Harry Levin notes in his 1941 study of Joyce's writings that "the radio lends [Finnegans Wake] a spasmodic continuity, comparable to the influence of the film on Ulysses." Like the radio, Finnegans Wake enables the dreamer to defy the limitations of sleep and communicate "his" desires and fears onto the page. That these sensations result in muddled prose can be read as a direct result of the translation process; that is, the transmission of sensory impulses of the unconscious mind cannot be perfectly replicated in the symbolic structures of conscious language. As Douglas Theall notes, "The action of the Wake dramatizes how electricity, machinery, mechanics, and chemistry perform central functions in everybody's body." The dramatic aspects of electrical and chemical processes of the body can be read as the "dreams" which comprise the story. In these dreams, the very actions of the body are expressed through metaphors and symbols. The symbol of the wireless, then, plays a crucial role connecting Earwicker's body to the narrative space of the novel.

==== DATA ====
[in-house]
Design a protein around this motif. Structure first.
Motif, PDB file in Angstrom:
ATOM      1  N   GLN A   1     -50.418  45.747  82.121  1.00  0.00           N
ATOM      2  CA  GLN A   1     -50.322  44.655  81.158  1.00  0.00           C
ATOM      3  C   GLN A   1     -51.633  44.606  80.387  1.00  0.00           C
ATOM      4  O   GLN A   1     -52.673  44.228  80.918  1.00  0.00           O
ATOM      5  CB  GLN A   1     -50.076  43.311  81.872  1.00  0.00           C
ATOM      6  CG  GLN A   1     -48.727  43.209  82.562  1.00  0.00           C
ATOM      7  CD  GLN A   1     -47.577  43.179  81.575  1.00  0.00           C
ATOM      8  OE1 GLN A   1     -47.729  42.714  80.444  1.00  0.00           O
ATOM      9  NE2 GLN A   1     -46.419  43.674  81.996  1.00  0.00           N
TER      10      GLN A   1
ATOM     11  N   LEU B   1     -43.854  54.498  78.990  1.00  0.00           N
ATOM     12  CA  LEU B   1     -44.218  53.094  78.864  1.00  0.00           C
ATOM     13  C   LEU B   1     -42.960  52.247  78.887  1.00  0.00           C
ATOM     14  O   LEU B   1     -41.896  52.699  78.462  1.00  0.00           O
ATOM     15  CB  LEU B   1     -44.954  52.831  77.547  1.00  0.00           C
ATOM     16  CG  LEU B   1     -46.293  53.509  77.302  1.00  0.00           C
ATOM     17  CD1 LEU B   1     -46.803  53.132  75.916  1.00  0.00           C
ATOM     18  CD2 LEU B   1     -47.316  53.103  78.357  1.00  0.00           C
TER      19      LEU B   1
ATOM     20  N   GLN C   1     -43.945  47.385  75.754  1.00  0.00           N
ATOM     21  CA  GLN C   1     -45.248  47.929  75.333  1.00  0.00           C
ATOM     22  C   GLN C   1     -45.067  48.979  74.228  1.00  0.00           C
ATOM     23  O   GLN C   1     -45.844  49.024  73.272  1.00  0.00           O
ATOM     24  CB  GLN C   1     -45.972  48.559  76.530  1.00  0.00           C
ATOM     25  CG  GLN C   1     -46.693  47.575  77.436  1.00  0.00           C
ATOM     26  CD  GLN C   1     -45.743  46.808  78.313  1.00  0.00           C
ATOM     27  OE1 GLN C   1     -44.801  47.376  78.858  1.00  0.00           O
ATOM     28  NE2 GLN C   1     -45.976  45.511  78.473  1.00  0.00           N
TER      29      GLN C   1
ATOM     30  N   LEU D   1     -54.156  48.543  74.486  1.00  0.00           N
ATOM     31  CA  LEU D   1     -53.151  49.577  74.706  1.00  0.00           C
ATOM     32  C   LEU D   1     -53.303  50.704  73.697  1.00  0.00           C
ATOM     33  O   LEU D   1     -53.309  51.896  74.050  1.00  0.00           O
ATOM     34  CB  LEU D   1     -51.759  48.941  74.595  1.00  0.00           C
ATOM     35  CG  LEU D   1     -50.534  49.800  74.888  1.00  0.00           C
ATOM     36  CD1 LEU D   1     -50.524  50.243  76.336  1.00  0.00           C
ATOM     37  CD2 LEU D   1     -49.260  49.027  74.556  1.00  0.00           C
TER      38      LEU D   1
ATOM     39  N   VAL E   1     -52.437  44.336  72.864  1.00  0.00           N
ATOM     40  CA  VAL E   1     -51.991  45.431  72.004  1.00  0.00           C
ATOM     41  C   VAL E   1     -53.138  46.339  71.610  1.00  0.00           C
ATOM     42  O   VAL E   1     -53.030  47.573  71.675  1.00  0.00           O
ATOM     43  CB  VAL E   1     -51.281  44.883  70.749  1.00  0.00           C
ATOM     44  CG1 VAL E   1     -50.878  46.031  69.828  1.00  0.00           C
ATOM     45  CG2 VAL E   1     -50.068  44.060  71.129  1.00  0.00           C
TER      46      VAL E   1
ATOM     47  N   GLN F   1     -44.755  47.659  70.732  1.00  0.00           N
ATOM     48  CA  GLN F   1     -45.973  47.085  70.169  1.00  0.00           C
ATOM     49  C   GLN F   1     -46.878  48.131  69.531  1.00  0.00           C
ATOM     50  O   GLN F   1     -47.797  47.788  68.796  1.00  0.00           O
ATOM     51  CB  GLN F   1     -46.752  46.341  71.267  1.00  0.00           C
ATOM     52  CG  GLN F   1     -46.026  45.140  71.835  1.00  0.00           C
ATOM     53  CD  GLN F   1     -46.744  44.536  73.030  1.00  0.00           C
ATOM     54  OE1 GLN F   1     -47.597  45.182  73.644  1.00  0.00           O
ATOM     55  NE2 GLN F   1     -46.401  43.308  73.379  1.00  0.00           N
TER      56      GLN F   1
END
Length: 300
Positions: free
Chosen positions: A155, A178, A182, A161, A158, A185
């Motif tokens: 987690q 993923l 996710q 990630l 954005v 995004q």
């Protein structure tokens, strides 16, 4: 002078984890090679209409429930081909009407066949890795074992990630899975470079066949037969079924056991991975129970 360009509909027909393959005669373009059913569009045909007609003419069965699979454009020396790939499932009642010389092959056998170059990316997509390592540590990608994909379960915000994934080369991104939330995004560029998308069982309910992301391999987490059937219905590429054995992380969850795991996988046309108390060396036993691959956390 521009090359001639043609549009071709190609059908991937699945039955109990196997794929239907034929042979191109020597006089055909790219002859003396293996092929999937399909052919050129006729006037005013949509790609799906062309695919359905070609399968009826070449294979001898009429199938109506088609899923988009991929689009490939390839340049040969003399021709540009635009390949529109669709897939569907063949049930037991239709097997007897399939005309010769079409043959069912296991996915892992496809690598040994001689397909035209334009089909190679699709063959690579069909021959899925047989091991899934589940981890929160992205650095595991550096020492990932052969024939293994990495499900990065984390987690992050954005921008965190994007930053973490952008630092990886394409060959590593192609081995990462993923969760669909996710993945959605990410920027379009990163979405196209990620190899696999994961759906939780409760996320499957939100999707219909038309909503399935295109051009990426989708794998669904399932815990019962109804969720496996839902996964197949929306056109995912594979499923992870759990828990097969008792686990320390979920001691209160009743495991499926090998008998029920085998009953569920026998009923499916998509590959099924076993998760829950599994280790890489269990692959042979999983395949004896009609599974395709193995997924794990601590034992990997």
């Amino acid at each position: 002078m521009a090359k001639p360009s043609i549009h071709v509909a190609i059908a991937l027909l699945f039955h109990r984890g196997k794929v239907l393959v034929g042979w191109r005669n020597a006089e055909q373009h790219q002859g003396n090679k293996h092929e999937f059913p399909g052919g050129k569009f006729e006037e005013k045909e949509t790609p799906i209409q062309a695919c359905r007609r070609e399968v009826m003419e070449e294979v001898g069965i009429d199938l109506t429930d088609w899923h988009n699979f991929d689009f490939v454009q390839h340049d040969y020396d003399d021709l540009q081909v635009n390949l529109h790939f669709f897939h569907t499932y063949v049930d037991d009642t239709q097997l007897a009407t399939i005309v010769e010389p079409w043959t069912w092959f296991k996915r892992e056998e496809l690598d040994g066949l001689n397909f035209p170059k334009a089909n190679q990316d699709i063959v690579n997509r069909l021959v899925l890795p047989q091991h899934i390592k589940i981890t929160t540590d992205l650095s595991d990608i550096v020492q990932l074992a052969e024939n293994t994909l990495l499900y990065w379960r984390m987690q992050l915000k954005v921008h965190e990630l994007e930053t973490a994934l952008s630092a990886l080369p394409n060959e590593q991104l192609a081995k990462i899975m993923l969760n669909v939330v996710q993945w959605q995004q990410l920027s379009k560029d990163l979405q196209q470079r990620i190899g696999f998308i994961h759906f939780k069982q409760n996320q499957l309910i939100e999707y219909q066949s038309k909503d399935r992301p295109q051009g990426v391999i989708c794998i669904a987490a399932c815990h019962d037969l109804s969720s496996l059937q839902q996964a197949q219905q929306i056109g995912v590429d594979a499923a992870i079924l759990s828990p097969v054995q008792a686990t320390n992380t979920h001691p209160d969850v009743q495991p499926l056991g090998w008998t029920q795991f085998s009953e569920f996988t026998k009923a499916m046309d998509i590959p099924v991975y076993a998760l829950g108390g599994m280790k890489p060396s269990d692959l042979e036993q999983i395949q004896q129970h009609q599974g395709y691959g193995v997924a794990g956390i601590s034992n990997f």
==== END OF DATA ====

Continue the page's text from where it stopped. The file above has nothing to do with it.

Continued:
The use of the wireless in Finnegans Wake is most apparent in II.3, the so-called "Norwegian Captain" chapter, whose first few paragraphs can be read as a mechanical and physiological examination of the novel itself. The chapter opens with a Viconian reading of HCE's life, beginning with the moment when the dreamer (in the place of the earliest men) first heard the sound of God's voice and promptly received "the fright of his light in tribalbalbutience [L. tribolo, distress; L. balbutiens, stammering]." This voice compelled him to "hides aback in the doom of the balk of the deaf" (FW 309.2-3), or run into a cave or tomb ("balk of the deaf" suggests Book of the Dead). The other Viconian references here include HCE's marriage to "a lymph" (both nymph and lymph node), and his downfall at the hands of a "pride that bogs the party begs the glory of a wake" (FW 309.6-7). While this is a typical retelling of HCE's origins, John Bishop notes that this sentence "has no subject at all;" consequently, the figure described is not simply HCE but also the absent body of Earwicker. These absences and their wireless implications are magnified in the next sentence, which details a turbulence that "was now or never in Etheria Deserta, as in Grander Suburbia, with Finnfannfawners, ruric or cospolite, for much or moment indispute" (FW 309.10-11). "Etheria Deserta" suggests Edri Deserta, an old term for Howth, the easternmost area of Dublin, and the topographical location of HCE's head in Finnegans Wake; it also suggests "ether," a term defined as both the rarefied air that fills the cosmos and the invisible elements which comprise it, including air and radio waves. The term "air waves" was first used in 1928 to describe the medium of radio signals, which were said to ripple through the air like waves rippling across an ocean. Consequently, it is possible to read "Etheria Deserta" as describing HCE's unconscious head as it sleeps in the "ethereal desert" of both suburban Dublin and the cosmic realm of radio waves. It is in these waves and through these waves that the next paragraph is focused: